Preparing for March Madness

This week in North Philly Notes, in anticipation of the 2015 NCAA Division 1 Men’s Basketball Championship, we bracket Temple University Press’ selection of books about basketball. 

Palestra Pandemonium, by the late, great sportswriter Robert Lyons, features Temple University’s team so we’re especially partial to his fantastic History of the Big Five.

palestra pandemonium compThe most famous basketball tournament in the history of college basketball is the Big Five. And the Big Five was played in the most hallowed halls of college play: the Palestra. Now, for the first time, a complete story of this Philadelphia rivalry is revealed.

Robert Lyons offers the story of the Big Five from its very beginnings in 1955. At that time, many of the Big Five schools—La Salle University, University of Pennsylvania, St. Joseph’s University, Temple University and Villanova University—weren’t even talking to each other, and everyone predicted the tournament would end before it began. Conducting interviews with coaches and players—including famed Temple coach Harry Litwack’s last interview before his death—Lyons offers the play-by-play on how the Big Five became an institution, and how it was ultimately undone by college basketball’s own success.

Lavishly illustrated with photographs of players, teams, coaches, and the Palestra itself, Palestra Pandemonium is an immediate classic, offering a chronicle of the most monumental college basketball tournament. Anywhere.

We wouldn’t even know about basketball if it had not been for James Naismith, who invented the game in 1891.

9781439901342It seems unlikely that James Naismith, who grew up playing “Duck on the Rock” in the rural community of Almonte, Canada, would invent one of America’s most popular sports. But Rob Rains and Hellen Carpenter’s fascinating, in-depth biography James Naismith: The Man Who Invented Basketball shows how this young man—who wanted to be a medical doctor, or if not that, a minister (in fact, he was both)—came to create a game that has endured for over a century.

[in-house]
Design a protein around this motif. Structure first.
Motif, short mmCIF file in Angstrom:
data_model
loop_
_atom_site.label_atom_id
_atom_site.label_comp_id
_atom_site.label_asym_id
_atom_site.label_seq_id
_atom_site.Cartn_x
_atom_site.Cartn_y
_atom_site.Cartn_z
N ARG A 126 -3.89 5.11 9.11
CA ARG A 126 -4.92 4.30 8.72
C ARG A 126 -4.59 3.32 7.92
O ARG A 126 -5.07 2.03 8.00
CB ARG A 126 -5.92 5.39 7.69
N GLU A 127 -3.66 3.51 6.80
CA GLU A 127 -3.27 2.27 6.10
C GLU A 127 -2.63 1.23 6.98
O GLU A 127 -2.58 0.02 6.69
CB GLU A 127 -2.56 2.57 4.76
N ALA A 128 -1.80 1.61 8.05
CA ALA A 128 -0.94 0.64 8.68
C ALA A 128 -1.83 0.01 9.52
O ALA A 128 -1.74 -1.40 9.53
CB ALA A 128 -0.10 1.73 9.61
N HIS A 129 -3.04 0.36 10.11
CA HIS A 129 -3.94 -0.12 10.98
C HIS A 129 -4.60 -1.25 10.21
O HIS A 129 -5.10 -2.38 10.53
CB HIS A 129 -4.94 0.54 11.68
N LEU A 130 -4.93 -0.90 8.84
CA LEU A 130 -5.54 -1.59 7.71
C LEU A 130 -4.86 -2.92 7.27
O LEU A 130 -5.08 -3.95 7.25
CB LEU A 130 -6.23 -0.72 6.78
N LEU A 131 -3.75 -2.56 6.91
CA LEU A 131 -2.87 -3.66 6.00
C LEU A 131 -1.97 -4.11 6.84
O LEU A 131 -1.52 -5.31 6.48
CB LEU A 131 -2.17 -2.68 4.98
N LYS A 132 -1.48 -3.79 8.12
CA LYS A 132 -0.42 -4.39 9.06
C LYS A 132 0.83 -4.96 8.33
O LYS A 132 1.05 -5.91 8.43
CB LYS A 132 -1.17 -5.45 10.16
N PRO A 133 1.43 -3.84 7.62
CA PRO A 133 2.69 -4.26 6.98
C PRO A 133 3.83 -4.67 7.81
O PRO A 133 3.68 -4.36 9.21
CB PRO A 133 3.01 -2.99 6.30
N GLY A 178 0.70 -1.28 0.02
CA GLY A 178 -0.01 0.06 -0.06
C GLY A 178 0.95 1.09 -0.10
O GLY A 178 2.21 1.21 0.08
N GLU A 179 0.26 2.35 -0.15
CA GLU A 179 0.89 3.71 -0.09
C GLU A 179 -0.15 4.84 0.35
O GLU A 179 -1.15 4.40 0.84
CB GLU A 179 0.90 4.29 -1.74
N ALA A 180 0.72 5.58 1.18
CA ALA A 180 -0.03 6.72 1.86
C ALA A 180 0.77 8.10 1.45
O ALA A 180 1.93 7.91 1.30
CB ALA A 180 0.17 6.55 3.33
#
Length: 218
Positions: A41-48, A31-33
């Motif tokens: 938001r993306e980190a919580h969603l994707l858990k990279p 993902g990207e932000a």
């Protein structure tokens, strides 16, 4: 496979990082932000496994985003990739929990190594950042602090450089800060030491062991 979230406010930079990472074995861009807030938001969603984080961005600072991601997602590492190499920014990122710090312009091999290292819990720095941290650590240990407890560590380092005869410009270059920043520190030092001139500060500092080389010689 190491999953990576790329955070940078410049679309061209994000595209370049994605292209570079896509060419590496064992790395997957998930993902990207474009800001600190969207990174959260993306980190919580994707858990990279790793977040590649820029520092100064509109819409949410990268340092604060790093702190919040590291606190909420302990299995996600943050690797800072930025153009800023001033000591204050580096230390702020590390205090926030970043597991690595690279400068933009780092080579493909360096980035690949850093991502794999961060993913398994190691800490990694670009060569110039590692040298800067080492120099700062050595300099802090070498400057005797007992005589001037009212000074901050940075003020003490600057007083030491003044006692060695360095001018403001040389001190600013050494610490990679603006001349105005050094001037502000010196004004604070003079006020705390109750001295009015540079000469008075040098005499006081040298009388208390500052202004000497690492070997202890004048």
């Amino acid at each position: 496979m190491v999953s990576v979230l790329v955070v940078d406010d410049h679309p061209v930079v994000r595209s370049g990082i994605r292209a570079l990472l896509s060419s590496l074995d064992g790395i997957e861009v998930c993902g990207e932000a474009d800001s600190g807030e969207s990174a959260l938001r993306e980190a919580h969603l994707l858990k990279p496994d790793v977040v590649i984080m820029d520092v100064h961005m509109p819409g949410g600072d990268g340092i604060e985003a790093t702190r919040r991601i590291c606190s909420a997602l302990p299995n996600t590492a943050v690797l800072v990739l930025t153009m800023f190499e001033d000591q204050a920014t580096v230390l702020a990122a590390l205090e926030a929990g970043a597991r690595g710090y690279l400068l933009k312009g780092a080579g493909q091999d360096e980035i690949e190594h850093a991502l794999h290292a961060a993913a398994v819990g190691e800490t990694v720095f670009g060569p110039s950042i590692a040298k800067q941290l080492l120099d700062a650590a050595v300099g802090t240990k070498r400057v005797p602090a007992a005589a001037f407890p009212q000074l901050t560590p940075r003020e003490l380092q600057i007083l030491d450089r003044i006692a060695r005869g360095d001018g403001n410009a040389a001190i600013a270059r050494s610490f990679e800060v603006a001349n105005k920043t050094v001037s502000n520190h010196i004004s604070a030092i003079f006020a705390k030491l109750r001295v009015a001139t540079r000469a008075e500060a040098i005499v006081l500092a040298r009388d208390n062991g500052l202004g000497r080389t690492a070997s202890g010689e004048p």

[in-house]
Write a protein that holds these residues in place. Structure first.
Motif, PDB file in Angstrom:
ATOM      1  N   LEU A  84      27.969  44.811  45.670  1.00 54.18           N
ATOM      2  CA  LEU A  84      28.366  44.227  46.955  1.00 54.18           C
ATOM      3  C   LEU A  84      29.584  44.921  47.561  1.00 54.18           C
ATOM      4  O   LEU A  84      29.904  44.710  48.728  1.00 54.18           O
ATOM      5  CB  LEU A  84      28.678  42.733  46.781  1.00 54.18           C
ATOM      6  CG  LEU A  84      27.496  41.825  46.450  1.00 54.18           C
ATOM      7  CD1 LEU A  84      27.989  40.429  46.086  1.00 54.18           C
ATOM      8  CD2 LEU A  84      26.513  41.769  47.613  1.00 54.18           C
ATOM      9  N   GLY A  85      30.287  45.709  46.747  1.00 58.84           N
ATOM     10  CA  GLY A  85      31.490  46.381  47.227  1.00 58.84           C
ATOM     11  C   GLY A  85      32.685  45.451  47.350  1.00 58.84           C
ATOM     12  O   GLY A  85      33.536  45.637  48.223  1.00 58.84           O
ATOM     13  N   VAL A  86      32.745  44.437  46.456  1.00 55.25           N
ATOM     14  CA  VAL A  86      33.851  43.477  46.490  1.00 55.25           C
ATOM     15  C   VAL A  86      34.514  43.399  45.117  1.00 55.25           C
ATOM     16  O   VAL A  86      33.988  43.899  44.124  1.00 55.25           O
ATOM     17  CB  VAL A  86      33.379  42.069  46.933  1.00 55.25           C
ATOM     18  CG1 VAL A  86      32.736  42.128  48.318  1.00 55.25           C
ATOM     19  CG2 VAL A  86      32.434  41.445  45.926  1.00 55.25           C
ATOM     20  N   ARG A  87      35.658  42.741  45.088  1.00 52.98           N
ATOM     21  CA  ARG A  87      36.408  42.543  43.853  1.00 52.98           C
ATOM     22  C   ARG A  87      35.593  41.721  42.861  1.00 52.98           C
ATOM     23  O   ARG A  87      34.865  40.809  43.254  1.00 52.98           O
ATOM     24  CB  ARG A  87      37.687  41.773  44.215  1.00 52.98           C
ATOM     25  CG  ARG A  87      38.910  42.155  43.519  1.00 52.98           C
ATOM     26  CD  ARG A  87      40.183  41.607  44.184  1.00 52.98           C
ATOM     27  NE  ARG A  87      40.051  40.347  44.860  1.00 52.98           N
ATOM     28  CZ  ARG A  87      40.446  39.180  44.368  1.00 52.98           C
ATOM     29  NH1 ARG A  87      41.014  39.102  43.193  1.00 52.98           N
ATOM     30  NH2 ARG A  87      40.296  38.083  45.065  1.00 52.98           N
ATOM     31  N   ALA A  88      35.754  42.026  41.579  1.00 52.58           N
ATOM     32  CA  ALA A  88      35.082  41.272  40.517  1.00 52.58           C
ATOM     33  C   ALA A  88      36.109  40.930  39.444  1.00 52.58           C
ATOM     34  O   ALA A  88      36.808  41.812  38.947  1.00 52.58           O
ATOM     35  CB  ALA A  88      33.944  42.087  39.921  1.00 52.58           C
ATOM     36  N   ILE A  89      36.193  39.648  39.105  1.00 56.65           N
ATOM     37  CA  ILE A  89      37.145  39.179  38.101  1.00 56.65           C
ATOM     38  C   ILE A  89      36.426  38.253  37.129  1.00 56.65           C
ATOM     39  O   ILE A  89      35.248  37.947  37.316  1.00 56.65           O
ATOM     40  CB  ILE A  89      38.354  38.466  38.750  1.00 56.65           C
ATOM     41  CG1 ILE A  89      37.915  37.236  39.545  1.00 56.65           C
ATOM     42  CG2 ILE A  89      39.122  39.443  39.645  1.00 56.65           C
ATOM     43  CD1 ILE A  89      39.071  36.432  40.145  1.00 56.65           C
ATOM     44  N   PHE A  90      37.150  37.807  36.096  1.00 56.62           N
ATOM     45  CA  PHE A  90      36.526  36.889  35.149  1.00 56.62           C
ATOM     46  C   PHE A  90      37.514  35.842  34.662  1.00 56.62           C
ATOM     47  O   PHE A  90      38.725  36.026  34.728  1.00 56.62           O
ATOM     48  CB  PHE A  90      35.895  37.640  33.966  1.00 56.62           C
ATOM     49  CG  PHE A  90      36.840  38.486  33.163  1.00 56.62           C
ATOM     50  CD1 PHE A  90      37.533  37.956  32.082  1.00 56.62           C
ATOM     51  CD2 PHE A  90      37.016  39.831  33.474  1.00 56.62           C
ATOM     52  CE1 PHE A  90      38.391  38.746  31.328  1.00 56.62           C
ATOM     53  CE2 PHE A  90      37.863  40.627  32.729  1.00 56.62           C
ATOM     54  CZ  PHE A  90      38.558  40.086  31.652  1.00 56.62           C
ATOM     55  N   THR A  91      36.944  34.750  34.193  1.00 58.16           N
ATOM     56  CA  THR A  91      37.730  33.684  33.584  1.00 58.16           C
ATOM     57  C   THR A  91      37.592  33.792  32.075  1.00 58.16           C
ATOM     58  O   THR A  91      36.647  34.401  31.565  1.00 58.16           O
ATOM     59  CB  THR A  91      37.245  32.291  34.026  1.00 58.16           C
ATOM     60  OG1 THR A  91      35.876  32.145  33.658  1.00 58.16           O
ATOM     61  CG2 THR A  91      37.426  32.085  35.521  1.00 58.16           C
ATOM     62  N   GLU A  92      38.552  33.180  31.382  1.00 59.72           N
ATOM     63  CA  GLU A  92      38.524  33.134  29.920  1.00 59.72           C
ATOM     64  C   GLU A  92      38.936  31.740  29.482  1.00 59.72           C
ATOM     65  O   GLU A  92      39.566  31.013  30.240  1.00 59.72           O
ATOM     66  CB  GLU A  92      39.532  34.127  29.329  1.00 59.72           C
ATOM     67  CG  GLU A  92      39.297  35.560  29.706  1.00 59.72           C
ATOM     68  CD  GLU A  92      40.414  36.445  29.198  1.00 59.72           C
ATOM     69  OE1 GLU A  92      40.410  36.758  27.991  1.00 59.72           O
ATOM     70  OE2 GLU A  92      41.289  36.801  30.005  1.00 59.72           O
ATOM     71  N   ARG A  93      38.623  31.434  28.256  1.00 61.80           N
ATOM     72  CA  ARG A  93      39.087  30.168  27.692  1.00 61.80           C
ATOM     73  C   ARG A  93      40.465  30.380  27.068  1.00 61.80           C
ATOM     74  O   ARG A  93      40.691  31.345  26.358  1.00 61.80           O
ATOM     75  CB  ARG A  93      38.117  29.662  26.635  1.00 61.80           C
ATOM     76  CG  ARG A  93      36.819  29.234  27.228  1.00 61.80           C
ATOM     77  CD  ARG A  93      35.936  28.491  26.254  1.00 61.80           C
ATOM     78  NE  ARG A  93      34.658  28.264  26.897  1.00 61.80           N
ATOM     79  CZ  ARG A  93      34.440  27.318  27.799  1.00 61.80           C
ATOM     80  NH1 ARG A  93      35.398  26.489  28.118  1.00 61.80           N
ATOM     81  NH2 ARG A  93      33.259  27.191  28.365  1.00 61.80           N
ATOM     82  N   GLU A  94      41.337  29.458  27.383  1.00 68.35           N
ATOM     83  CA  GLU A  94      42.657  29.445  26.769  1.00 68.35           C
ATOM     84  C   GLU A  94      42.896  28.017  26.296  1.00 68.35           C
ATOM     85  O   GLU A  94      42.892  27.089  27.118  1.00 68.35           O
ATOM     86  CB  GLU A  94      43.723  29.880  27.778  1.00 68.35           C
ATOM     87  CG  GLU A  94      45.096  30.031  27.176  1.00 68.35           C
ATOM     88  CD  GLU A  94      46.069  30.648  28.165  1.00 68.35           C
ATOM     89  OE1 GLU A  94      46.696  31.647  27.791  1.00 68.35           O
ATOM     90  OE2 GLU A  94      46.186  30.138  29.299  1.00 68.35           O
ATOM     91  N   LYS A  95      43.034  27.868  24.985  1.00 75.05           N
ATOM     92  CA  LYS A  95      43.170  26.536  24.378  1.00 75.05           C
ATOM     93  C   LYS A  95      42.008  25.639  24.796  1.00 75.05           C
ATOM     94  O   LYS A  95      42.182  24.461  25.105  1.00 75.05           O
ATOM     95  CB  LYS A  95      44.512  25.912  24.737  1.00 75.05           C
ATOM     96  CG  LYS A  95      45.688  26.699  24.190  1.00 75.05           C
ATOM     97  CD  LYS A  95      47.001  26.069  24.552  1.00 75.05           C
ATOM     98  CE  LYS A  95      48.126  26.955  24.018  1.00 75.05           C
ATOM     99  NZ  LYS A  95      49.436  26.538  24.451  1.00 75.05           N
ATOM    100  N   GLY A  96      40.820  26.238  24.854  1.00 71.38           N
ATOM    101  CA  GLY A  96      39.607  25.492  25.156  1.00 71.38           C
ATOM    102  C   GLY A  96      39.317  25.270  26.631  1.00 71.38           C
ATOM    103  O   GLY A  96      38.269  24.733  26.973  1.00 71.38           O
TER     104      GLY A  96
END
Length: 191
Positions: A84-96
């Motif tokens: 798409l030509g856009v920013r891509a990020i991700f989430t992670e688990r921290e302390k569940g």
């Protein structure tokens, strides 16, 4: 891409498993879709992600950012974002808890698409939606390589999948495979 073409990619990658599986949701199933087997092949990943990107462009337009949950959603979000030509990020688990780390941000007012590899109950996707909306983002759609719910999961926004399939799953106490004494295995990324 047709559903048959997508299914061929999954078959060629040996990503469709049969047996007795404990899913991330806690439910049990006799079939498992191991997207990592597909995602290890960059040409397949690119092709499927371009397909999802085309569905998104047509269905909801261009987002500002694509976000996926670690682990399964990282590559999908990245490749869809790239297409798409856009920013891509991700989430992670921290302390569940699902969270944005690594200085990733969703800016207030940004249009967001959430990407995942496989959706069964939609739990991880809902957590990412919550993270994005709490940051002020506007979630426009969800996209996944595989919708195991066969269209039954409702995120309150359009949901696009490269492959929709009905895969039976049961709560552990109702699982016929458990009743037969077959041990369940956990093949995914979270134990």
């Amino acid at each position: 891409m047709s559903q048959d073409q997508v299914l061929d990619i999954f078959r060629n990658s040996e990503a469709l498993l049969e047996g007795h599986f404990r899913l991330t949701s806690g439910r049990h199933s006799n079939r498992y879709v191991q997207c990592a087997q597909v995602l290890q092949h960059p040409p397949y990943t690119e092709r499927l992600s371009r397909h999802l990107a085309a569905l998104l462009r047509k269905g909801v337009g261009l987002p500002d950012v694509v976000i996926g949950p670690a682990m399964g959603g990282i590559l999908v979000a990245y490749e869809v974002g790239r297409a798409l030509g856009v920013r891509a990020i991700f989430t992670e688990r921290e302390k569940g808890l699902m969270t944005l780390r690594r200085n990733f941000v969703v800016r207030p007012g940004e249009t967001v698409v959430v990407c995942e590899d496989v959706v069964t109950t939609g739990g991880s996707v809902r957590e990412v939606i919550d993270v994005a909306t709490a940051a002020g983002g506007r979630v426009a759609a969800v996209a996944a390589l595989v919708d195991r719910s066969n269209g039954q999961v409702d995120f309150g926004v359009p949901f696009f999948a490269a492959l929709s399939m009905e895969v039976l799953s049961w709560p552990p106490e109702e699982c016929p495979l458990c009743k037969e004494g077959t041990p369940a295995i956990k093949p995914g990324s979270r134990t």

James Naismith reveals how Naismith invented basketball in part to find an indoor activity to occupy students in the winter months. When he realized that the key to his game was that men could not run with the ball, and that throwing and jumping would eliminate the roughness of force, he was on to something. And while Naismith thought that other sports provided better exercise, he was pleased to create a game that “anyone could play.”

With unprecedented access to the Naismith archives and documents, Rains and Carpenter chronicle how Naismith developed the original rules of basketball, coached the game at the University of Kansas—establishing college basketball in the process—and was honored for his work at the 1936 Olympic games in Berlin.

Temple University Press has published several books on basketball that explore different teams.

Wheelchair_Warrior_sm_compWheelchair Warrior, by Melvin Juette and Ron Berger, shows how the game of wheelchair basketball became Juette’s passion—he ultimately became a star athlete, playing on the U.S. National Wheelchair Basketball Team.

Outside the Paint by Kathleen Yep, takes readers back to the Chinese Playground of San Francisco in the 1930s and 1940s, the only public outdoor space in Chinatown. It was a place where young Chinese American men and women developed a new approach to the game of basketball—with fast breaks, intricate passing and aggressive defense—that was ahead of its time.

Drawing on interviews with players and coaches, Kathleen Yep recounts some surprising stories. From the success of the Hong Wah Kues, a professional barnstorming men’s basketball team and the Mei Wahs, a championship women’s amateur team, to Woo Wong, the first Chinese athlete to play in Madison Square Garden, and his extraordinarily talented sister Helen Wong, who is compared to Babe Didrikson.Outside the Paint sm comp

Outside the Paint chronicles the efforts of these highly accomplished athletes who developed a unique playing style that capitalized on their physical attributes, challenged the prevailing racial hierarchy, and enabled them, for a time, to leave the confines of their segregated world. As they learned to dribble, shoot, and steal, they made basketball a source of individual achievement and Chinese American community pride.

A trio of books detail the lives of the players and coaches of the South Philadelphia Hebrew Association’s Basketball Team, knows as The SPHAs.